- and oh, oh, oh - the incredible prophetic outpourings which speak to a people in exile, a people who need to return wholeheartedly to the one who has never stopped loving them. I have only ever seen little bits of Isaiah in children's teaching material as it refers to Jesus and very little about the breakdown of the nation of Israel in her rebellion and unfaithfulness and the Lord's response to this. And yet the incredible promises of what was to come in the New Covenant; the new heart of flesh, the coming of the Spirit for all and not just for some, the river of God flowing out, the dreams and visions to come; the time of holding fast and persevering.

I could go on and on 6 years of children and family pastoring there has been very little from the pastoral epistles. Isn't Timothy so relevant to young people? I'm desperate to teach Romans to children. I do a little bit on justification and sanctification with children/family discipleship, so I personally have unpacked a little of Ephesians with children outside of a Sunday morning. I have never seen James in children's teaching material; nor Hebrews. I am sure someone somewhere has - please do post in the comments section with your thoughts or observations on this. But the main UK providers *do* stick to the stories I mentioned earlier.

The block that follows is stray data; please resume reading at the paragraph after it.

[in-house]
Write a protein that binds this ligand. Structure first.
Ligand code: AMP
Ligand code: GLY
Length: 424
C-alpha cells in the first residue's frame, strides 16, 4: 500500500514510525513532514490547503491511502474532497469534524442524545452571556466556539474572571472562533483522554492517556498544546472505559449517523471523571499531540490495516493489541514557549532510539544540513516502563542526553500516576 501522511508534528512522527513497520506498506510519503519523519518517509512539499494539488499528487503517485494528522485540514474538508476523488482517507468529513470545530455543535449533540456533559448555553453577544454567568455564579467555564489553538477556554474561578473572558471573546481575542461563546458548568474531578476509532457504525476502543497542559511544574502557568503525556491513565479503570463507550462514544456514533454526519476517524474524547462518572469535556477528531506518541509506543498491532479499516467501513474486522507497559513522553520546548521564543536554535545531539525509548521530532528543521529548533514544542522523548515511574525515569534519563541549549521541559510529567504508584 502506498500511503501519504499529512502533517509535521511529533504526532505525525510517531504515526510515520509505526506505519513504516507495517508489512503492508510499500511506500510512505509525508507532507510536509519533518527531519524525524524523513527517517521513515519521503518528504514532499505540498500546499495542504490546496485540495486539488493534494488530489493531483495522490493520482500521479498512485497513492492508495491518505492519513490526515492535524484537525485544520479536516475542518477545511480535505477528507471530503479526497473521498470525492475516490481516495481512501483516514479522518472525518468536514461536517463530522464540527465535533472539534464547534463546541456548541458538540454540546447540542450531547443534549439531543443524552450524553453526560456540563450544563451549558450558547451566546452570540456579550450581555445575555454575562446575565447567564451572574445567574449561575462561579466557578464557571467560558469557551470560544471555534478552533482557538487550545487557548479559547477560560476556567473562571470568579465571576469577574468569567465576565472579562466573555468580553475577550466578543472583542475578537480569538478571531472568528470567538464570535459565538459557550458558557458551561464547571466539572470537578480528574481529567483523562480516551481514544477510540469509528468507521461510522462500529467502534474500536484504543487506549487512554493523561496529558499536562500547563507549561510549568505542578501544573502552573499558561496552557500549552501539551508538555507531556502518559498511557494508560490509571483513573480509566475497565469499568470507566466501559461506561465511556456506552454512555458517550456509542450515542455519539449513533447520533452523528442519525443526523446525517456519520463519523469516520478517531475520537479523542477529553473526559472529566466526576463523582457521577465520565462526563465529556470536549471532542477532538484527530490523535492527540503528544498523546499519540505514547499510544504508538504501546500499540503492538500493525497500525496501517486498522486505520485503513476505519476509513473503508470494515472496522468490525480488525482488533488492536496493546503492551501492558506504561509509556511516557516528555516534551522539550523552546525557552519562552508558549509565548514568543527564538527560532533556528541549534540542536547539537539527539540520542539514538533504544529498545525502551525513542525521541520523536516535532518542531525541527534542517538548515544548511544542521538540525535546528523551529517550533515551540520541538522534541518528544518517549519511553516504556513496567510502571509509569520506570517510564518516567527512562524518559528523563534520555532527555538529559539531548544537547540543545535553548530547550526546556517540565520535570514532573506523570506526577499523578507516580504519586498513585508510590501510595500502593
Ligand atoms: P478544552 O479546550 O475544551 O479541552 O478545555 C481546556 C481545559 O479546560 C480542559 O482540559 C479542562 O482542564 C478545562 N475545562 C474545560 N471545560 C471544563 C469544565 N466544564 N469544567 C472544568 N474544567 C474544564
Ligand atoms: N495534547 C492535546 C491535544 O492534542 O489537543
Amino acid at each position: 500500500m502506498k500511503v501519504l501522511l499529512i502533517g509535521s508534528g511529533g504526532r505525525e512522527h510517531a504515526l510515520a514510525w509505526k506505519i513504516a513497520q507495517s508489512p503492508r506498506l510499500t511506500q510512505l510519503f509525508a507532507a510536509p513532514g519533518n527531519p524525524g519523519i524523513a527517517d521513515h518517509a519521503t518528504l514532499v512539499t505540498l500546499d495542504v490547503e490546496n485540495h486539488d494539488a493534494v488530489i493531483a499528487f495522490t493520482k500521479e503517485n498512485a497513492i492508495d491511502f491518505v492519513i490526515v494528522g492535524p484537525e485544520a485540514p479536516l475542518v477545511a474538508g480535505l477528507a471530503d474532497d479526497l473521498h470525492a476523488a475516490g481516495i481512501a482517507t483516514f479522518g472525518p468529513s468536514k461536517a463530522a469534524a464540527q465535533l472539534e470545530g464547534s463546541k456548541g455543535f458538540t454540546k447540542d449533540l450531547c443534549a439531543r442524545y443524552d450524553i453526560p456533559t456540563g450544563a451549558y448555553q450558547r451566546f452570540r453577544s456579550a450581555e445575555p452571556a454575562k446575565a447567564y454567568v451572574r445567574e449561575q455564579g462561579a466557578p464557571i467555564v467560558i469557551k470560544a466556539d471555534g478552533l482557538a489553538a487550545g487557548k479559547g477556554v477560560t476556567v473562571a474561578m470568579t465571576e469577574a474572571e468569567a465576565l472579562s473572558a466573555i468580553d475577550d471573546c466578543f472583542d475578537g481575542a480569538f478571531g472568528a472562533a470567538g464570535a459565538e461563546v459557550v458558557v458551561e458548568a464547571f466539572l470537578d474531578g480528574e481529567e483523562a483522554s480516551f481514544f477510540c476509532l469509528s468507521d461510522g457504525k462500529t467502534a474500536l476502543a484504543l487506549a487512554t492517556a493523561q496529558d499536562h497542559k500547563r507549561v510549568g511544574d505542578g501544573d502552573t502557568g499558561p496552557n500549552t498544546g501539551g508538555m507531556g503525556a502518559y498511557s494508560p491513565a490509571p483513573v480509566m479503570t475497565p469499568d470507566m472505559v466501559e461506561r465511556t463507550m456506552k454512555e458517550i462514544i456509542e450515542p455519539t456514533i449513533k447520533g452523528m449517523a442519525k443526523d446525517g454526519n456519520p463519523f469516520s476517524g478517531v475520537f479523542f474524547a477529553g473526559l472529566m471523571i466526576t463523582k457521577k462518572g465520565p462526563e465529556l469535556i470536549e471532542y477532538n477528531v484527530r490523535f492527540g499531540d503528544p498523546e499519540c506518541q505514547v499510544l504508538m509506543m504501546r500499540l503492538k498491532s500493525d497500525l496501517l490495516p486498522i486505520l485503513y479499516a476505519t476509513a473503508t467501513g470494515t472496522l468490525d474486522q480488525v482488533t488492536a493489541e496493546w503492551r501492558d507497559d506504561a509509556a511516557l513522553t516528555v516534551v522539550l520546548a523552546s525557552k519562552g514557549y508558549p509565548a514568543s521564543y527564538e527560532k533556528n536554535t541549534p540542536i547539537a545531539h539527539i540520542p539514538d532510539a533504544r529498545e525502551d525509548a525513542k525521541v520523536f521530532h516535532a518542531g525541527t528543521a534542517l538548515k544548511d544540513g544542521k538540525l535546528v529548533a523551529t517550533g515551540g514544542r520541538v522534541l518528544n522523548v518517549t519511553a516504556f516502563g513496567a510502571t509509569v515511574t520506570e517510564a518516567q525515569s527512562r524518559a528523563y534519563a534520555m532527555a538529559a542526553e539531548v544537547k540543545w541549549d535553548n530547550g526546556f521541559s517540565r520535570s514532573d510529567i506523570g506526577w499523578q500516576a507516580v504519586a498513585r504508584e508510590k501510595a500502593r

End times
- have you seen any teaching on this? I have yet to see any children's resources that touches Revelation. I can feel some teaching bubbling up in me on: